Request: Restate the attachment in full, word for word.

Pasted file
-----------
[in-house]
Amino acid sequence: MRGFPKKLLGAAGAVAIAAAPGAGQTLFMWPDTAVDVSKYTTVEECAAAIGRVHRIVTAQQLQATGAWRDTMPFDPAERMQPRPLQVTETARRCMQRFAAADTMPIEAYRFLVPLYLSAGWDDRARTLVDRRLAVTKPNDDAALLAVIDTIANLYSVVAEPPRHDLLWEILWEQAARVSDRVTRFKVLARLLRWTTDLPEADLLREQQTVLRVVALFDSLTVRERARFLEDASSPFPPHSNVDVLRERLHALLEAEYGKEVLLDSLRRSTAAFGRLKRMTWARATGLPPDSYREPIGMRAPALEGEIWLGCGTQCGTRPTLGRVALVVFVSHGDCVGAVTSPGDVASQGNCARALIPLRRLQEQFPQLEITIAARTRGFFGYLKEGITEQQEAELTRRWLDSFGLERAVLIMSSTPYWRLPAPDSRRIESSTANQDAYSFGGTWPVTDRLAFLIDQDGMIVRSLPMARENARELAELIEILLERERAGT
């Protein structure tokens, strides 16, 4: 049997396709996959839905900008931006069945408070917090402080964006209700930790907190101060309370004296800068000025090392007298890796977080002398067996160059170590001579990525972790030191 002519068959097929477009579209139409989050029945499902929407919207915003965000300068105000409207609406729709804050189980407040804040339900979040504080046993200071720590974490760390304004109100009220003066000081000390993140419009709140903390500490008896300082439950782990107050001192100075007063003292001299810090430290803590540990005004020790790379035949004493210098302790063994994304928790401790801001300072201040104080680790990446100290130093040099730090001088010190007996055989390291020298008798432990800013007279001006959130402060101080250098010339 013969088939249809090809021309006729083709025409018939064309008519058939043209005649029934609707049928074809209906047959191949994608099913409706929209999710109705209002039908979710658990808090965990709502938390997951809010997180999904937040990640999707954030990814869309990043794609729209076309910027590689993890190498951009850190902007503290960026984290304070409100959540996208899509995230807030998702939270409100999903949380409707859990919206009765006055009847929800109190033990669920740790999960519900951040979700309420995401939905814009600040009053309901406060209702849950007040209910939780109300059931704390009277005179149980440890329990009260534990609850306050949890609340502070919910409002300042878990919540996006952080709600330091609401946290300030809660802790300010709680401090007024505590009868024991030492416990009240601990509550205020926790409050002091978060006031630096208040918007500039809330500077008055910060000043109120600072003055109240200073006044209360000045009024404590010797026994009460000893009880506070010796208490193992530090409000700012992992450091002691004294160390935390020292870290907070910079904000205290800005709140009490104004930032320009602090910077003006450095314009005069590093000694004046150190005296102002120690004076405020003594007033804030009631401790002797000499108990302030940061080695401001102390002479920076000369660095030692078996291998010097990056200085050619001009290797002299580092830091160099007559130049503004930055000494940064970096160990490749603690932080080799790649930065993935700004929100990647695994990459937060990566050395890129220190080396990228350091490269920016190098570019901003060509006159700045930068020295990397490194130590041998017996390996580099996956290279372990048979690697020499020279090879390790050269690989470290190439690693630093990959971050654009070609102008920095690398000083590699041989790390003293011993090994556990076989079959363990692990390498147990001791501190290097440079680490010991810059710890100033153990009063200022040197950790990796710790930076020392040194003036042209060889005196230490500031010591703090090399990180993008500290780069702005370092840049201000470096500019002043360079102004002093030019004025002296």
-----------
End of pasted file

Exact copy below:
[in-house]
Amino acid sequence: MRGFPKKLLGAAGAVAIAAAPGAGQTLFMWPDTAVDVSKYTTVEECAAAIGRVHRIVTAQQLQATGAWRDTMPFDPAERMQPRPLQVTETARRCMQRFAAADTMPIEAYRFLVPLYLSAGWDDRARTLVDRRLAVTKPNDDAALLAVIDTIANLYSVVAEPPRHDLLWEILWEQAARVSDRVTRFKVLARLLRWTTDLPEADLLREQQTVLRVVALFDSLTVRERARFLEDASSPFPPHSNVDVLRERLHALLEAEYGKEVLLDSLRRSTAAFGRLKRMTWARATGLPPDSYREPIGMRAPALEGEIWLGCGTQCGTRPTLGRVALVVFVSHGDCVGAVTSPGDVASQGNCARALIPLRRLQEQFPQLEITIAARTRGFFGYLKEGITEQQEAELTRRWLDSFGLERAVLIMSSTPYWRLPAPDSRRIESSTANQDAYSFGGTWPVTDRLAFLIDQDGMIVRSLPMARENARELAELIEILLERERAGT
């Protein structure tokens, strides 16, 4: 049997396709996959839905900008931006069945408070917090402080964006209700930790907190101060309370004296800068000025090392007298890796977080002398067996160059170590001579990525972790030191 002519068959097929477009579209139409989050029945499902929407919207915003965000300068105000409207609406729709804050189980407040804040339900979040504080046993200071720590974490760390304004109100009220003066000081000390993140419009709140903390500490008896300082439950782990107050001192100075007063003292001299810090430290803590540990005004020790790379035949004493210098302790063994994304928790401790801001300072201040104080680790990446100290130093040099730090001088010190007996055989390291020298008798432990800013007279001006959130402060101080250098010339 013969088939249809090809021309006729083709025409018939064309008519058939043209005649029934609707049928074809209906047959191949994608099913409706929209999710109705209002039908979710658990808090965990709502938390997951809010997180999904937040990640999707954030990814869309990043794609729209076309910027590689993890190498951009850190902007503290960026984290304070409100959540996208899509995230807030998702939270409100999903949380409707859990919206009765006055009847929800109190033990669920740790999960519900951040979700309420995401939905814009600040009053309901406060209702849950007040209910939780109300059931704390009277005179149980440890329990009260534990609850306050949890609340502070919910409002300042878990919540996006952080709600330091609401946290300030809660802790300010709680401090007024505590009868024991030492416990009240601990509550205020926790409050002091978060006031630096208040918007500039809330500077008055910060000043109120600072003055109240200073006044209360000045009024404590010797026994009460000893009880506070010796208490193992530090409000700012992992450091002691004294160390935390020292870290907070910079904000205290800005709140009490104004930032320009602090910077003006450095314009005069590093000694004046150190005296102002120690004076405020003594007033804030009631401790002797000499108990302030940061080695401001102390002479920076000369660095030692078996291998010097990056200085050619001009290797002299580092830091160099007559130049503004930055000494940064970096160990490749603690932080080799790649930065993935700004929100990647695994990459937060990566050395890129220190080396990228350091490269920016190098570019901003060509006159700045930068020295990397490194130590041998017996390996580099996956290279372990048979690697020499020279090879390790050269690989470290190439690693630093990959971050654009070609102008920095690398000083590699041989790390003293011993090994556990076989079959363990692990390498147990001791501190290097440079680490010991810059710890100033153990009063200022040197950790990796710790930076020392040194003036042209060889005196230490500031010591703090090399990180993008500290780069702005370092840049201000470096500019002043360079102004002093030019004025002296």